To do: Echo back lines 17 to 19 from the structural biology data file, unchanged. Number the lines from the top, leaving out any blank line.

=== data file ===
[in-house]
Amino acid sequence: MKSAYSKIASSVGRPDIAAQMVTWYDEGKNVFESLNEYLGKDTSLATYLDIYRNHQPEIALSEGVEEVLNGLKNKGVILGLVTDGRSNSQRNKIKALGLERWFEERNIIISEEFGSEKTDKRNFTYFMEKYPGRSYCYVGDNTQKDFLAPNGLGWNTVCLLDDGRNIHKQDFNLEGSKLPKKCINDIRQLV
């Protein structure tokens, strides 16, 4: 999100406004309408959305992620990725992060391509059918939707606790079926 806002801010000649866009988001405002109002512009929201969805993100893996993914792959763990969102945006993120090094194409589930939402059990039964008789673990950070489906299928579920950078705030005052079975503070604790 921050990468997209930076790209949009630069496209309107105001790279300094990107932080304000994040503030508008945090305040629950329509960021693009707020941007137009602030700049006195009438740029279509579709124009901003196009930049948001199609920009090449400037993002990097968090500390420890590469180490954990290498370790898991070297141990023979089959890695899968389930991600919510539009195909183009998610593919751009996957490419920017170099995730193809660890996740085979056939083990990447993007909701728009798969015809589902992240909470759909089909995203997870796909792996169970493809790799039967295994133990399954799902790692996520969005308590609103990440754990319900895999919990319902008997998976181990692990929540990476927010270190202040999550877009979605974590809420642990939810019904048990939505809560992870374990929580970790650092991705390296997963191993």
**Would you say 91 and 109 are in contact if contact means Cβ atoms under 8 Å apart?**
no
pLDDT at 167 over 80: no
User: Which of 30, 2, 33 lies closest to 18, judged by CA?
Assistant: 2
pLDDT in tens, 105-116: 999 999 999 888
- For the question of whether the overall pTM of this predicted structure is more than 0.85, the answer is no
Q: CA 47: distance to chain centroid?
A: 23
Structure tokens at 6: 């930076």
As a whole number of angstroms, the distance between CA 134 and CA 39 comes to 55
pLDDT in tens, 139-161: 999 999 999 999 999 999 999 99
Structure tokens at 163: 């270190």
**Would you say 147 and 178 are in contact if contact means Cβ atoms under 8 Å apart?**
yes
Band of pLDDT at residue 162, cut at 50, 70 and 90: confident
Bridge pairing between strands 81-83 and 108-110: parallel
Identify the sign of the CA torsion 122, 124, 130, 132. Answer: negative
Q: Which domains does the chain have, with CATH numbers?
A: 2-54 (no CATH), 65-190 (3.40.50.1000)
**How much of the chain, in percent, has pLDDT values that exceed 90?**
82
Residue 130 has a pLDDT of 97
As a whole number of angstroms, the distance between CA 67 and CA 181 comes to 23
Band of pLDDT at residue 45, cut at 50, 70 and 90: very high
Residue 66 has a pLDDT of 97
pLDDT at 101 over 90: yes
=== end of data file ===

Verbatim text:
**Would you say 147 and 178 are in contact if contact means Cβ atoms under 8 Å apart?**
yes
Band of pLDDT at residue 162, cut at 50, 70 and 90: confident